Program

Jul 16, 2012

OVERVIEW

This
social-cognitive sexual risk intervention for college students who have had sex
is based on the premise that the three core components underlying sexual
risk-taking (or the prevention of sexual risk-taking) involve prevention
information, motivation, and behavioral skills. The young adults in the
treatment group received a single, two-hour, facilitator-led social-cognitive
intervention that included a PowerPoint that targeted information related
to sexual risk; a video that focused on motivation to avoid risky
behaviors; and a video and PowerPoint that focused on behavioral skills
related to condom use negotiation. Those in the control group received the
standard material presented by their university. The specific aim of this
program is to increase condom use. This evaluation revealed that the
social-cognitive intervention did not have a significant impact on condom use,
though effect sizes revealed small impacts at both three- and six-month
follow-ups.

DESCRIPTION OF PROGRAM

Target
population:

College
students who have had sex.

This
social-cognitive intervention was adapted from an
information-motivation-behavior (IMB) intervention. According to IMB models,
sexual risk prevention information, motivation, and behavioral skills are the
underlying components of sexual risk prevention. The intended goal of this
intervention is to increase condom use.

This
single 120-minute social-cognitive intervention led by a facilitator consists of
a three modules related to these three components: information, motivation,andbehavioral skills.The information module involves a PowerPoint
in which facts related to sexual risk are presented and risky sexual
decision-making rules are identified and corrected. This slideshow is based on
a more comprehensive set of transparencies used in an
information-motivation-behavior (IMB) intervention that involved six 120-minute
sessions. The motivation module of this intervention includes a video that
encourages risk prevention behaviors and that targets risky sexual attitudes,
norms, and motivators (including perceptions of sexual risks and
vulnerabilities). Again, this video was based on an IMB video, but was
re-filmed to include updated or popular wording and terminology. The behavioral
skills module of this intervention also includes a video; this video targets
condom use negotiation skills and reviews correct condom use skills. In
addition to the video, the third module includes a PowerPoint that reviews
condom negotiation skills with various kinds of sexual partners. After each
module a facilitator leads group discussions meant to reinforce the content of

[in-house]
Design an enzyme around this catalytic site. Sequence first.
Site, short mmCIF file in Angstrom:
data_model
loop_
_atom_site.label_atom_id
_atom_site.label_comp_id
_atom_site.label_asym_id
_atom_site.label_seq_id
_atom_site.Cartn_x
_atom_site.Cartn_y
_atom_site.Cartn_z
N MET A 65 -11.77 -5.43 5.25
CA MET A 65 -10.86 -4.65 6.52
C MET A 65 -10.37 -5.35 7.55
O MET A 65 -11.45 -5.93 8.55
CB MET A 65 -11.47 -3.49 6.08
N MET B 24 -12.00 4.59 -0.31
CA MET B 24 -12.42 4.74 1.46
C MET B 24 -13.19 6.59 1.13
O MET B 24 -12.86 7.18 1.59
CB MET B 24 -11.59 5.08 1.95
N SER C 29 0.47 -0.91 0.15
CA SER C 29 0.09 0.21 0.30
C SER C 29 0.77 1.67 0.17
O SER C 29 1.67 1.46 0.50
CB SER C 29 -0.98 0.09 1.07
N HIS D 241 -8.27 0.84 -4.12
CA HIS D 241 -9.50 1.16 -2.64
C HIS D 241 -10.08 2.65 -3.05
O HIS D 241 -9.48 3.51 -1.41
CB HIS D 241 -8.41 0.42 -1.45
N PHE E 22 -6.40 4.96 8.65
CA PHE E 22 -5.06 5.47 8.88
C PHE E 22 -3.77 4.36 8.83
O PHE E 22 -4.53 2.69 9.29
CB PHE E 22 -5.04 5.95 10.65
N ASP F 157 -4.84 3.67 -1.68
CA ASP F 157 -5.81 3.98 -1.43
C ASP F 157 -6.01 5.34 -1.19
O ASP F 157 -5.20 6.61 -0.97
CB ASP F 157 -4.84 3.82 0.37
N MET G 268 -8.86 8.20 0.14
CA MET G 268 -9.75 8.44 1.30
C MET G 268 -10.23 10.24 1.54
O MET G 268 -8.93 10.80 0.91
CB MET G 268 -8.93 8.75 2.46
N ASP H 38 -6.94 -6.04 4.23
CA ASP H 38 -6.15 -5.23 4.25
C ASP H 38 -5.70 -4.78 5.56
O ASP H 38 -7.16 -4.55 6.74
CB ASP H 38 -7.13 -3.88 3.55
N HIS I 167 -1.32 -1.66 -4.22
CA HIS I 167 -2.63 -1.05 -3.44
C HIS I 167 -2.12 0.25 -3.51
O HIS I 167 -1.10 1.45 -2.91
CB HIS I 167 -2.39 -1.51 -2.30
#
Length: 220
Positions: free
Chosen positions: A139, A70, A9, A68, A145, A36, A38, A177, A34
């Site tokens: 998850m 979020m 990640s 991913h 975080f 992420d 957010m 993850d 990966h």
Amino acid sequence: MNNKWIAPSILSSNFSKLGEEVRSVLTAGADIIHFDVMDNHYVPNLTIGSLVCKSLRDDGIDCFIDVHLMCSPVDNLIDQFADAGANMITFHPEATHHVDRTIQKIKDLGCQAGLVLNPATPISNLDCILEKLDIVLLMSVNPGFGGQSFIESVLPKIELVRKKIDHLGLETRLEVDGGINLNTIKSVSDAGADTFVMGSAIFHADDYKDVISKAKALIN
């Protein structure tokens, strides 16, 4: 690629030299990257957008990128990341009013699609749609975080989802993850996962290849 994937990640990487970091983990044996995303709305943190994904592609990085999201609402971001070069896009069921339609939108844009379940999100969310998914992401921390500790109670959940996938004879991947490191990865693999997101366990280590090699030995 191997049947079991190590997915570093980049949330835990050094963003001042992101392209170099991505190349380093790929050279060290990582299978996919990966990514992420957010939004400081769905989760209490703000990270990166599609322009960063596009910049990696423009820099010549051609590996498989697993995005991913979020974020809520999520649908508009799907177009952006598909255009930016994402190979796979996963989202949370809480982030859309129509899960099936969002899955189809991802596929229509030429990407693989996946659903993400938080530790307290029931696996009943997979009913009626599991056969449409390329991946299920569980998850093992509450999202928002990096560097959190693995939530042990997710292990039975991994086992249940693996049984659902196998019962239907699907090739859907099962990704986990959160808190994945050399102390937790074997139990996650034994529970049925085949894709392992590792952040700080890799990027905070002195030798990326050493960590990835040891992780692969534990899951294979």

that module.

EVALUATION
OF PROGRAM

Ferrer,
R. A., Fisher, J., D., Buck, R., & Amico, K.R. (2011). Pilot test of an
emotional education intervention component for sexual risk reduction. Health
Psychology, 30
(5), 656-660.

Evaluated population:
College
students were recruited, and those who reported having had sex were asked to
participate in the evaluation. The majority of the sample was white (81
percent), and 10 percent of the sample was black. The sample was approximately
equal in gender, with females comprising 52 percent of the participants.

Approach:
The 179
participants were grouped into mixed-gender groups of 10-15 students. Using a
randomization program, the groups were then randomly assigned to one of three
conditions: the social-cognitive treatment group (SC group); the
social-cognitive, plus emotional component treatment group (SCE group) [more
information on this intervention can be found

here]; and the control group. One-third of participants (n=67) were assigned
to the social-cognitive intervention, one-third (n=68) were assigned to an
alternative treatment group (who received the social-cognitive intervention,
modified to include an emotional component), and the remaining one-third (n=64)
were assigned to the control group. The control group received treatment as
usual, meaning that they only received standard material provided by the
university.

Treatment
and control group measures were obtained at three points: baseline, an online
follow-up three months following the baseline, and a second online follow-up
three months later (six months after the baseline). The outcome measure of
interest was participants’ self-reports of the percentage of time that they had
used a condom during vaginal or anal sex in the past month. It should be noted
that randomization occurred at the group level, but analyses occurred at the
individual level.

Results:At baseline, there were no significant differences in mean condom use (33
percent) between the SC group and the control group). At the three-month
follow-up, mean condom use was 60 percent in the SC group and 35 percent in the
control group. Similarly, at the six-month follow-up, mean condom use was 52
percent in the SC group and 35 percent in the control group. However there were
no significant differences between the SC treatment group and the control group
at either the three-month or six-month follow-up. The authors noted that this
could be due to low statistical power.

Although
there did not appear to be any significant differences between the SC group
outcomes and the control group outcomes, effect sizes (Cohen’s d‘s)
revealed a small effect when comparing the SC treatment group with the control
group at both the three- and six-month follow-ups.

SOURCES
FOR MORE INFORMATION

References

Ferrer, R.
A., Fisher, J., D., Buck, R., & Amico, K.R. (2011). Pilot test of an emotional
education intervention component for sexual risk reduction. Health
Psychology, 30
(5), 656-660.

KEYWORDS

College;
Young Adults; Males and Females (Co-ed); School-Based; Skills Training; Condom
Use and Contraception

Program
information last updated 7/16/12